What happens when a child misses a small piece of information in school? It may not seem significant right away, but that small missing piece can cause more problems later in their education.
A missing brick is what happens when a child doesn’t totally grasp a concept, but doesn’t get to complete their understanding before they move on to the next topic. Learning anything afterwards is like trying to build a brick wall with some bricks missing at the bottom; It may work for a while, but that wall will still bend, and eventually break.
Missing one brick means that there are spots where other bricks will be missed. For example, children who don’t know their times tables won’t be able to factor numbers easily. That means they’ll struggle finding a least common multiple or greatest common denominator when they move on to fractions. That makes adding and subtracting fractions much more difficult. It all comes back to a simple overlooked concept: times tables and basic multiplication.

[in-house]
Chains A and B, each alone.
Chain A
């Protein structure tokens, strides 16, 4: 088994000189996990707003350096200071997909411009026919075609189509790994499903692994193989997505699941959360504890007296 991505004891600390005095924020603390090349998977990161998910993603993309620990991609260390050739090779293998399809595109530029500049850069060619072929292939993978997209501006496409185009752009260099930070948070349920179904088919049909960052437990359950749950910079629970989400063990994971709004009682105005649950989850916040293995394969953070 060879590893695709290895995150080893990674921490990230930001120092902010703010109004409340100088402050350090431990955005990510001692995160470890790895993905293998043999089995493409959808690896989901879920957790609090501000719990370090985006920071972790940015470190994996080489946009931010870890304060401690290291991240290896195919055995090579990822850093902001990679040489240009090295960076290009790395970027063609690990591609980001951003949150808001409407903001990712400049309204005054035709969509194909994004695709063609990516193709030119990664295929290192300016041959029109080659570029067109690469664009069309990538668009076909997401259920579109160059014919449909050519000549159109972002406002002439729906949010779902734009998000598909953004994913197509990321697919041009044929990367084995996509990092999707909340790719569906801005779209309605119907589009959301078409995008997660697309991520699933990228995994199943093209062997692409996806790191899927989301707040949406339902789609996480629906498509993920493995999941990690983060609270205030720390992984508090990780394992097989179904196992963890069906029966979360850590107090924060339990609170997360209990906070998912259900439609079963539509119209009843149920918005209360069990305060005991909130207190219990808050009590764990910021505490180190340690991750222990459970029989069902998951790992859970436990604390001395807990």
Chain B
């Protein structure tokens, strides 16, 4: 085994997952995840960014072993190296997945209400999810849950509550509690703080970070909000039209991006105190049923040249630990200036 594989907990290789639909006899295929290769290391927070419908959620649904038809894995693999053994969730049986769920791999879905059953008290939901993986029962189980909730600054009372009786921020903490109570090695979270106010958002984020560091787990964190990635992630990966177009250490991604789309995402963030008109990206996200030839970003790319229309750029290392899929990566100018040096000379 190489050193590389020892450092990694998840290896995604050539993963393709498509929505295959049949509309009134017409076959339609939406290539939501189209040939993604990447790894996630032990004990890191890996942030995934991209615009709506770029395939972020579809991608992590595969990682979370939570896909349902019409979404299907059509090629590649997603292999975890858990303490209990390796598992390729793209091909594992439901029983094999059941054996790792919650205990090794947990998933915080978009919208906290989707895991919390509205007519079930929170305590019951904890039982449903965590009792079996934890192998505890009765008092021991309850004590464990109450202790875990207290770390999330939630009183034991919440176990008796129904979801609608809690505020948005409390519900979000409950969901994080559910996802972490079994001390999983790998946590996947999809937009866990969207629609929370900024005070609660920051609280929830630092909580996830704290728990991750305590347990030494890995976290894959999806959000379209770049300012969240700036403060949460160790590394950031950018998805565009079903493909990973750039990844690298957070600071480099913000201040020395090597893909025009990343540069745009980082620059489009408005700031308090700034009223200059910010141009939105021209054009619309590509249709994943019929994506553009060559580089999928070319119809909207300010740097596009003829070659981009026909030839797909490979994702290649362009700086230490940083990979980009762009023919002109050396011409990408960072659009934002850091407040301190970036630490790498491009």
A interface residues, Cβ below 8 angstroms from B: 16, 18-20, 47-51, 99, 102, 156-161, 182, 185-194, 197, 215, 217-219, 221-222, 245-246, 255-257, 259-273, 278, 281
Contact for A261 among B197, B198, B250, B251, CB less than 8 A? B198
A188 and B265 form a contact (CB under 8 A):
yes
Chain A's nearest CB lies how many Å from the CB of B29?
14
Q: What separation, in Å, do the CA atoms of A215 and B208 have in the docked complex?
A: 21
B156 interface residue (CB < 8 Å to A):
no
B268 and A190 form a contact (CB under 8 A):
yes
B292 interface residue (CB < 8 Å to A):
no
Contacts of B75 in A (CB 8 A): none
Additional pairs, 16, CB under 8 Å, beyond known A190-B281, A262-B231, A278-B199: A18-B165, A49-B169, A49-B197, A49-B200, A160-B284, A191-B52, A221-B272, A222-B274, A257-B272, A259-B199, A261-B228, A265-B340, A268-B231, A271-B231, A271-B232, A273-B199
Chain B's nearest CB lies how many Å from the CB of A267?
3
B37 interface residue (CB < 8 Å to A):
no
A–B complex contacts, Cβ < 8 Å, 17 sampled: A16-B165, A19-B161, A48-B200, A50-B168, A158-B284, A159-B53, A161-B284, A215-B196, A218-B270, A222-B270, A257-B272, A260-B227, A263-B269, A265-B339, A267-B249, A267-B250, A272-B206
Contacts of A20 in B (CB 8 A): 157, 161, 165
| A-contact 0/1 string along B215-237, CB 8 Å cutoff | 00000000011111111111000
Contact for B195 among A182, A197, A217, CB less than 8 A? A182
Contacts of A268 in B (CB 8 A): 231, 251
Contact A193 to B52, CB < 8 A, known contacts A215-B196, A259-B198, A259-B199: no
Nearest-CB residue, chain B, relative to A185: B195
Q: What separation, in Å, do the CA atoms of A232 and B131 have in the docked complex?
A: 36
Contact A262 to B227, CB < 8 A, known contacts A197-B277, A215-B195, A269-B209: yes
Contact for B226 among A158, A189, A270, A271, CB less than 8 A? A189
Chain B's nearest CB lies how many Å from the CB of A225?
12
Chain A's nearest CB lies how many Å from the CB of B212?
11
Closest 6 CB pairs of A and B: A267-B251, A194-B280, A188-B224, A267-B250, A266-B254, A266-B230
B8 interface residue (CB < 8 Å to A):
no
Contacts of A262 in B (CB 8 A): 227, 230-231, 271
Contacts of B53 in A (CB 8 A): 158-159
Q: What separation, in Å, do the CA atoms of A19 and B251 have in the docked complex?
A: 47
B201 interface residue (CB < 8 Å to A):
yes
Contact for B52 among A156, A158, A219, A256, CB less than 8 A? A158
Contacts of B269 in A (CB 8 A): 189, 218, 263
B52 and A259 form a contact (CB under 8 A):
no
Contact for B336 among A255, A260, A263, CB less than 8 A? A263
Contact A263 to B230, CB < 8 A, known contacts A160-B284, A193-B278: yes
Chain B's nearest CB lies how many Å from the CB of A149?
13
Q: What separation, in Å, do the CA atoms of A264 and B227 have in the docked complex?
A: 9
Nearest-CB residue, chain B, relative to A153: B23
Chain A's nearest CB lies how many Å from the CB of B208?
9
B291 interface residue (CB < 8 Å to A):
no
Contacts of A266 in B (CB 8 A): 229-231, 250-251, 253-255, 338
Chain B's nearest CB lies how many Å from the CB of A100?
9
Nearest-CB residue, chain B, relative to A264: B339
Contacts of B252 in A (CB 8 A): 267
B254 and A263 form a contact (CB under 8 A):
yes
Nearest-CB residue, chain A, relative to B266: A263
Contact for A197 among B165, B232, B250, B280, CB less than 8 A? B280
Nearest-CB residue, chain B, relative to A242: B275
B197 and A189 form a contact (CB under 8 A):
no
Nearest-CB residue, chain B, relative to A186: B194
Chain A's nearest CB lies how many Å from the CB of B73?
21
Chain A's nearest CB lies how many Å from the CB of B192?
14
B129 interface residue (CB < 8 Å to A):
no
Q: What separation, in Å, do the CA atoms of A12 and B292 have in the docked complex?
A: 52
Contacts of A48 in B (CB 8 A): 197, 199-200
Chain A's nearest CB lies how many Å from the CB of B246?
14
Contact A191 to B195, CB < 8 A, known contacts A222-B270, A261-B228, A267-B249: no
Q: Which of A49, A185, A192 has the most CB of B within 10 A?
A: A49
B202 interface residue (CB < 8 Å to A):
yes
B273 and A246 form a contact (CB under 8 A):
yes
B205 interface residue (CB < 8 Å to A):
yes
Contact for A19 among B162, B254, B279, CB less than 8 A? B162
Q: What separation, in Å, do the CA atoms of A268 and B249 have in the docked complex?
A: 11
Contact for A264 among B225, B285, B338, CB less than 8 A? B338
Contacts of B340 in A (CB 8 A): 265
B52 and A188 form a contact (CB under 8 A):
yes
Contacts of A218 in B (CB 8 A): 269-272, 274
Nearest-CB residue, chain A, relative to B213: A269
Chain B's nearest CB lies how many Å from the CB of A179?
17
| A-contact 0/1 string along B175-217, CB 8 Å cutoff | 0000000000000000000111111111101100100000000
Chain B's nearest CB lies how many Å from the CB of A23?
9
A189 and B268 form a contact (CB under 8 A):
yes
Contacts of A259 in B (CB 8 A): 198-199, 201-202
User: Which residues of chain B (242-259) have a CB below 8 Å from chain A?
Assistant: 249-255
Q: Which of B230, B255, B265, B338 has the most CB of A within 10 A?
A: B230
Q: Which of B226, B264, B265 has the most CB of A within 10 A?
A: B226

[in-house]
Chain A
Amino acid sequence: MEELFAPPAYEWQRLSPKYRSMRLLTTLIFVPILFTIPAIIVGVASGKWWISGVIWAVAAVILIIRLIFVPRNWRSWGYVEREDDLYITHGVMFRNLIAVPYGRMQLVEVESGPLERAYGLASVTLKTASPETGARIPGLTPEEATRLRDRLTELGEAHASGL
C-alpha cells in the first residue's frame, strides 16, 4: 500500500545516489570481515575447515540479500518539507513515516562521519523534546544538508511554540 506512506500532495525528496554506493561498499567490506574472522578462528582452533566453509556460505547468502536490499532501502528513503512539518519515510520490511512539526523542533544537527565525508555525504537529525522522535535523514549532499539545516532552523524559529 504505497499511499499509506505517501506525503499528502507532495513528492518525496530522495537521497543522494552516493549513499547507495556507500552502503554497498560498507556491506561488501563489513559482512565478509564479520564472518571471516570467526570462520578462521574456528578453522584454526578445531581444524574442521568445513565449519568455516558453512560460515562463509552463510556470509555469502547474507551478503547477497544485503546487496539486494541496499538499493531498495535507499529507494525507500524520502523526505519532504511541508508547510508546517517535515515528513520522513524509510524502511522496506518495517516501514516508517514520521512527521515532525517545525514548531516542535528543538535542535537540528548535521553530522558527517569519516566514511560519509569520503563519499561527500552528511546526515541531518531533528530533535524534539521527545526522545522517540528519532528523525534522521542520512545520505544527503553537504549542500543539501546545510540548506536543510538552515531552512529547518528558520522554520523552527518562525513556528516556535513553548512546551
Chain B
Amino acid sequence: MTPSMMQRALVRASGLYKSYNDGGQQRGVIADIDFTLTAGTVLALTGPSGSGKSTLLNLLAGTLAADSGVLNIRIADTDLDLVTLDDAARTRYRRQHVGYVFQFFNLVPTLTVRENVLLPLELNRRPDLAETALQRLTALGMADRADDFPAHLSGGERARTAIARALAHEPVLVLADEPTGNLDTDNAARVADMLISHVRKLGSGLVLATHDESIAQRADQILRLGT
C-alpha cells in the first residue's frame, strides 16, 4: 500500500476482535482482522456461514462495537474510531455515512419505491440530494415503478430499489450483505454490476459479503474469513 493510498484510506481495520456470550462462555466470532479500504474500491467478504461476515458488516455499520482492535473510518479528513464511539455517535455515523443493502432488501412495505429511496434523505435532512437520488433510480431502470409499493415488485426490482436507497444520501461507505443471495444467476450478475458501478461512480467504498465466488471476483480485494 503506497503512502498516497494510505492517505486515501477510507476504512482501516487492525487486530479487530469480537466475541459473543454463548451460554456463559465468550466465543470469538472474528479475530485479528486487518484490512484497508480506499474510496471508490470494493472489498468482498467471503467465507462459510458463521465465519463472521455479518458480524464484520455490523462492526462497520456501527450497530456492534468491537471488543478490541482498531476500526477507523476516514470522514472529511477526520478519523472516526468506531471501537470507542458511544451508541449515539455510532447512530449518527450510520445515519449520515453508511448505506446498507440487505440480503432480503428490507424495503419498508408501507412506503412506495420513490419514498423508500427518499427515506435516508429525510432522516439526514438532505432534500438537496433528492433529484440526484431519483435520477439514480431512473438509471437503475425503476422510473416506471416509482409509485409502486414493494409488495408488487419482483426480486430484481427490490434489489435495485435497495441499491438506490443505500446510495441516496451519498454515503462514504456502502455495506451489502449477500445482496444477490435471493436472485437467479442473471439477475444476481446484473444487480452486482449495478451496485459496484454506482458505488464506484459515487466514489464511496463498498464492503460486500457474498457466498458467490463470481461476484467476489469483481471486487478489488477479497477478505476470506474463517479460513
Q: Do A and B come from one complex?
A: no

This isn’t just a math problem; simple concepts like spelling and phonics that aren’t learned can create problems with grammar, word definitions, reading comprehension, and overall literacy.
Finding these missing bricks is sometimes trickier than it seems. Online learning has made it much easier for students with missing bricks to slip through the cracks. With students able to get information from Google, YouTube videos, or their parents, it’s made it even harder to recognize. Lots of kids learn to compensate for their lack of knowledge with educated guesses, jokes, or extra effort. Unfortunately, these short term solutions are no replacement for real knowledge.
Even when public schools find these lost concepts, many teachers aren’t able to go back and teach a topic from the previous months, or even from previous grades. A quick review might refresh some concepts, but it still isn’t enough information for a child without an understanding of the topic to build a good foundational knowledge.
At Genie Academy, our assessments are designed to find these missing bricks. Once we’ve pinpointed the missing knowledge, we fill it in, before we add anything else on top of it.
Learning complicated concepts without knowing the basics is like building a house without a foundation underneath it: it just doesn’t make sense.